Social Security Administration makes changes to List of Impairments

To determine if an individual has a medical condition that qualifies him or her for Social Security Disability Benefits, (either via the Supplemental Security Income or Social Security Disability Insurance program) the Social Security Administration, the federal agency that handles retirement, disability and survivors’ benefits, looks at several factors. Among the list of factors is looking at whether the condition is listed on the Security Security’s List of Impairments.

Recently, the Social Security Administration published a final rule that made changes to the list. The change involves following suit with many other entities and discontinuing the use of all references to the phrase “mental retardation.”

The change

Specifically, the Social Security Administration will no longer use the phrase “mental retardation” within the List of Impairments. Instead, the phrase “intellectual disability” will be utilized moving forward. The final rule indicating the change was recently published in the Federal Register.

For example, all references to “mentally retarded children” will be changed to “children with intellectual disabilities.”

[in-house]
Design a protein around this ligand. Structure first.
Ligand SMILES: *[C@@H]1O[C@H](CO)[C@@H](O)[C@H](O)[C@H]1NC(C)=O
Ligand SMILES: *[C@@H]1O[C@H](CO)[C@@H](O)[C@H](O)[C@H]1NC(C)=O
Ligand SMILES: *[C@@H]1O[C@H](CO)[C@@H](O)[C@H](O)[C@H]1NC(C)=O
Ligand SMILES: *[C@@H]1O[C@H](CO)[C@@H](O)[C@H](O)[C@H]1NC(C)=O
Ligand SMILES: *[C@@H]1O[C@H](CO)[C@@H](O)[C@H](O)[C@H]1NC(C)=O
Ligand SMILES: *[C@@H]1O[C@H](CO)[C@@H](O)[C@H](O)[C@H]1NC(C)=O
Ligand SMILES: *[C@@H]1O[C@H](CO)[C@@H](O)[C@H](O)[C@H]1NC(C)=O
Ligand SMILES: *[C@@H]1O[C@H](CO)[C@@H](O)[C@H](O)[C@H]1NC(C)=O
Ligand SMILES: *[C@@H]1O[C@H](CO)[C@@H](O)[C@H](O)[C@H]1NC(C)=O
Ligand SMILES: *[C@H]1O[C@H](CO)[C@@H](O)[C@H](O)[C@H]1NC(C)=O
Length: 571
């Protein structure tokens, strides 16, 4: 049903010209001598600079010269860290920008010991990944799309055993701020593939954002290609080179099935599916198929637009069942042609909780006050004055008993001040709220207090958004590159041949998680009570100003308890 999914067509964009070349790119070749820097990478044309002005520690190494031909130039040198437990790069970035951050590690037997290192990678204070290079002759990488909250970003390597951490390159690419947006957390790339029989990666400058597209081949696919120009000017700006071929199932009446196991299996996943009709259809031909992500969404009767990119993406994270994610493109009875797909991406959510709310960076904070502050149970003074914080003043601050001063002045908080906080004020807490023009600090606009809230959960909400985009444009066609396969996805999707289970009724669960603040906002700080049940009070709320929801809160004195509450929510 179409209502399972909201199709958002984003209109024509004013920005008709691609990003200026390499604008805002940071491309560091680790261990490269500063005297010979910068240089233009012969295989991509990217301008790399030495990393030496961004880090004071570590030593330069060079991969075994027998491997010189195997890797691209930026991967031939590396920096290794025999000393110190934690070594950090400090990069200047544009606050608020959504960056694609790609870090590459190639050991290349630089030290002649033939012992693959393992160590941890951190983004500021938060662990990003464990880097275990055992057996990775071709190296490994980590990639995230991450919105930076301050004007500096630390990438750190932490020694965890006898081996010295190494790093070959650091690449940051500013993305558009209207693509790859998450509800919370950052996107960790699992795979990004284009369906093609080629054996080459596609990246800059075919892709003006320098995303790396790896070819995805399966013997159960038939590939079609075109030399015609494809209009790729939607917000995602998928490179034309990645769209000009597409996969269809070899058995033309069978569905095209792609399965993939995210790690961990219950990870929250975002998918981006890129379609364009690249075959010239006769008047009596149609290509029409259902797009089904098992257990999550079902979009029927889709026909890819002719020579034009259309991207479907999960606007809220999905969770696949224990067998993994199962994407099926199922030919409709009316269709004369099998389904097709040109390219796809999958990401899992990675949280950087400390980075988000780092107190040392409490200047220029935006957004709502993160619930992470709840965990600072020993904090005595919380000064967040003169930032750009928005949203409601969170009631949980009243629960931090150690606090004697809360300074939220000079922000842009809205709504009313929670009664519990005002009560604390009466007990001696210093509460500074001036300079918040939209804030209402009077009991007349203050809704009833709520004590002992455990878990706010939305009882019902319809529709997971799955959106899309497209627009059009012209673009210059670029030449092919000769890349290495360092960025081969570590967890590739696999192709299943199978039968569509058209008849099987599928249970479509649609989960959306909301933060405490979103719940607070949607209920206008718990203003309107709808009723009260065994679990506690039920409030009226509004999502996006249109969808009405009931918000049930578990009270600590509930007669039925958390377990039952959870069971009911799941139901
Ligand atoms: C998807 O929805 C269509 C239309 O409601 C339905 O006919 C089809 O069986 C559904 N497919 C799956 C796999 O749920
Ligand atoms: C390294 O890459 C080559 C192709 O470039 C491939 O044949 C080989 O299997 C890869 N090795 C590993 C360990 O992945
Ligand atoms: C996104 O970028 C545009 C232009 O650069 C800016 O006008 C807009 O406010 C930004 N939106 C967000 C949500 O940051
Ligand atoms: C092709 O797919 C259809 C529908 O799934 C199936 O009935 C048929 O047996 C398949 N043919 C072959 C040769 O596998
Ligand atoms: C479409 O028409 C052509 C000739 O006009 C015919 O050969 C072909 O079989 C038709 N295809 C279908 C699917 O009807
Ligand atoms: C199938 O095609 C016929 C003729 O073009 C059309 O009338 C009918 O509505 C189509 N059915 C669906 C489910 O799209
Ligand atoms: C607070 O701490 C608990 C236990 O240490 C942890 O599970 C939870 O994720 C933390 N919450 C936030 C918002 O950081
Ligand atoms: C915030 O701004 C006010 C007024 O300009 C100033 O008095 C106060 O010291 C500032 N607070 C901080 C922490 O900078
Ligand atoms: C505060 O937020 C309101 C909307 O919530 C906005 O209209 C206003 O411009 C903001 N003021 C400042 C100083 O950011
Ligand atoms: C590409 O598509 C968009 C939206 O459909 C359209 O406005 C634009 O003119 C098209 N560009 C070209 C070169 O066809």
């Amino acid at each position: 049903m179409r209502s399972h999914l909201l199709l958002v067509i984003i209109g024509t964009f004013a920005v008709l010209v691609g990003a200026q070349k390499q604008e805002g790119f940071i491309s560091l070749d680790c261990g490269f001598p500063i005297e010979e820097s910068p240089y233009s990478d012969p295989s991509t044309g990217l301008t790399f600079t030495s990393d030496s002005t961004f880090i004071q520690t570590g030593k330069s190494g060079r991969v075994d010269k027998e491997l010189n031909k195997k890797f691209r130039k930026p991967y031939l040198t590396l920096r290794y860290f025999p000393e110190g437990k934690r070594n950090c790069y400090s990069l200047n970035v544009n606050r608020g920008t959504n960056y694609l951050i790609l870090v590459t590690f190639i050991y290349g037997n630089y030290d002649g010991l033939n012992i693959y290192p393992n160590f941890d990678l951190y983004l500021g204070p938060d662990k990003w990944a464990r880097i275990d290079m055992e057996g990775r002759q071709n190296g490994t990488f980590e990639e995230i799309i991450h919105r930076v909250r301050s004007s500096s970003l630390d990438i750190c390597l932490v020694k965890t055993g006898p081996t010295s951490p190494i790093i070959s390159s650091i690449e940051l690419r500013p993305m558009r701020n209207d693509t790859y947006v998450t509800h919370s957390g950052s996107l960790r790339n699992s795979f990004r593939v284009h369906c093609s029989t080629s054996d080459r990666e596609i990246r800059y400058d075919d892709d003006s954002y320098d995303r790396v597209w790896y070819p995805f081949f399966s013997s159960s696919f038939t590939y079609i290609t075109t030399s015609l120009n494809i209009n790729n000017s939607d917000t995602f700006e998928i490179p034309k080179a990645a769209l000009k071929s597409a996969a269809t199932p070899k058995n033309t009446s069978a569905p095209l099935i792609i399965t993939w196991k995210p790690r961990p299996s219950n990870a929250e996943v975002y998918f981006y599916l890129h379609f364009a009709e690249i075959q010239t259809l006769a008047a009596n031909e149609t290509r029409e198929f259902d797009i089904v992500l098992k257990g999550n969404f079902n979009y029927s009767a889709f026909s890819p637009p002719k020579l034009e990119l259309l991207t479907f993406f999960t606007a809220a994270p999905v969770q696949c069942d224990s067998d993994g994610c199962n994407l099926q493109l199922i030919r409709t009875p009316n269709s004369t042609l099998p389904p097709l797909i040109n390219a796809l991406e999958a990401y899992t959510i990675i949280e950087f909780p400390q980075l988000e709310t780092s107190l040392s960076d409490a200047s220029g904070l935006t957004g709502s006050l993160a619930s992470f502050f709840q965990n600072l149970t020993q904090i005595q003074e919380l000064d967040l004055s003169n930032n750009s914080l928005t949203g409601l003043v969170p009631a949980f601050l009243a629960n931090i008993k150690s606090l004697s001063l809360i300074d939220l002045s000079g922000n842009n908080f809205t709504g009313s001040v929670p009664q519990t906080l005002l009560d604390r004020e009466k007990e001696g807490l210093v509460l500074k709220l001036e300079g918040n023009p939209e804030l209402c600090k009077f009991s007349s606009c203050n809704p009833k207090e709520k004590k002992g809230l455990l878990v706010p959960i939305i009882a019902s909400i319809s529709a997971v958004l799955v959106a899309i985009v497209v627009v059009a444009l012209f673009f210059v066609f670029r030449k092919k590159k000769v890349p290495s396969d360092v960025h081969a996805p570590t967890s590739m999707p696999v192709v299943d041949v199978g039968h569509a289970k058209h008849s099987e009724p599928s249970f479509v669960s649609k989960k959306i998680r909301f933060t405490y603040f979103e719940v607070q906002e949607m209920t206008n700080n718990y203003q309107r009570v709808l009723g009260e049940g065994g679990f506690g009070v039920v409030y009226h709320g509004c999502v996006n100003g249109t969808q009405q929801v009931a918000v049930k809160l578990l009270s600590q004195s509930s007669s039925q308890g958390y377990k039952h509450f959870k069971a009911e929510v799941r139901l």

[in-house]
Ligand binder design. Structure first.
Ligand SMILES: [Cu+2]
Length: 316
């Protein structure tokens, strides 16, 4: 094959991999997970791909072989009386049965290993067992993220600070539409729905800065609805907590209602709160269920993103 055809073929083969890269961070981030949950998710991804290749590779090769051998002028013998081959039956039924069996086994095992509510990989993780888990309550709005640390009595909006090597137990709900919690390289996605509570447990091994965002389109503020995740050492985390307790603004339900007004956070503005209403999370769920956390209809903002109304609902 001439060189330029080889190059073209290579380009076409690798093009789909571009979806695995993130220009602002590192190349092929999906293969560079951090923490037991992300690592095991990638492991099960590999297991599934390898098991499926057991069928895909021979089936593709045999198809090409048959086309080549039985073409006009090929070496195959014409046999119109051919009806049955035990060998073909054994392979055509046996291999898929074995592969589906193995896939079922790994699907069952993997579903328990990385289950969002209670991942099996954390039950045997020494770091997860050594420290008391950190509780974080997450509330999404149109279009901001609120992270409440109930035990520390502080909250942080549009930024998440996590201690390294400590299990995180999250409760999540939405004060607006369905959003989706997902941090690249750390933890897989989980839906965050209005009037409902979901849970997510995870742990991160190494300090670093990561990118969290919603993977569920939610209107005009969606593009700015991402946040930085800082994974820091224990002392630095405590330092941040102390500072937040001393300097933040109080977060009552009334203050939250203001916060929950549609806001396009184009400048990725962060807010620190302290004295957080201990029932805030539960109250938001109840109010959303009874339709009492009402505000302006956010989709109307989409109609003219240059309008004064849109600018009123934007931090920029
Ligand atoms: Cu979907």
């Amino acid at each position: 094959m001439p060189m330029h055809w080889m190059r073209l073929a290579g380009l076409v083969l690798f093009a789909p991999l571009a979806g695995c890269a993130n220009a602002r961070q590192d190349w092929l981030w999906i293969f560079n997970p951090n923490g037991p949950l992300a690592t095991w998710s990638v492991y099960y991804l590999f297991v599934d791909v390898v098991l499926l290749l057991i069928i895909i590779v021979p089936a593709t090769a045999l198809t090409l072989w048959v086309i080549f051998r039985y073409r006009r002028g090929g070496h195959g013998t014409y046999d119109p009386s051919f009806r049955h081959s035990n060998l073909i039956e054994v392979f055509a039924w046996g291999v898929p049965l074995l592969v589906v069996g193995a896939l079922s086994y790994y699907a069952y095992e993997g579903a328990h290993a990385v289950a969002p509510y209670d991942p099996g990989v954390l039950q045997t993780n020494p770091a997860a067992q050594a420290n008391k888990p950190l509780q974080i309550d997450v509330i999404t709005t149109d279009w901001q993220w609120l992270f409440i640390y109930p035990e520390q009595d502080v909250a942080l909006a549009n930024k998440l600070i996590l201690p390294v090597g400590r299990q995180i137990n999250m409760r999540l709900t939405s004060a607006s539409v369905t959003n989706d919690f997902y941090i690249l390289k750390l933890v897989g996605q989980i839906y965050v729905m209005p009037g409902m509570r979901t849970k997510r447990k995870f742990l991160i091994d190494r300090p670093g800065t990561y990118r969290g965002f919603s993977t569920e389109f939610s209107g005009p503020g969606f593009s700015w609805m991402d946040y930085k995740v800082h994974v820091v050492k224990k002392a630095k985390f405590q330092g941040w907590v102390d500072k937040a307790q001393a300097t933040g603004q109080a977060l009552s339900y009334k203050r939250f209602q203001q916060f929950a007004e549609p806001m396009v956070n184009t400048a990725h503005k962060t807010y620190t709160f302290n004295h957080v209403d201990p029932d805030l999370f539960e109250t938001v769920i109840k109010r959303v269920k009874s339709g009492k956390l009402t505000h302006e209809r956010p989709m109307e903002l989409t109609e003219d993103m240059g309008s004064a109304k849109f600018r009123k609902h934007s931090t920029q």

During the public comment phrase, “developmental disability” and “cognitively impaired” were alternate phrases suggested and considered by the agency before the official decision was made.

The change will also be made within other areas within the jurisdiction of the Social Security Administration.

However, the change only references the language; claims regarding mental disabilities will continue to be evaluated by the SSA the same as before.

Reason behind the change

The change came about due to negative associations of the phrase “mental retardation” that developed throughout the United States within the last decade. Disability advocates have since promoted such changes in order to recognize the seriousness of the disability and respect it deserves.

Changes in other areas

Other U.S. agencies and organization have already made such changes and today use the same phrase.

In October 2010, Rosa’s Law was passed and language in the federal health, education and labor codes has all been amended to reflect the new language “intellectual disability.”

The Centers for Disease Control and Prevention as well as the Diagnostic Statistical Manual of Mental Disorders also uses the new language.

The Federal Registrar published the final rule late last month, however, the changes will not take effect until September.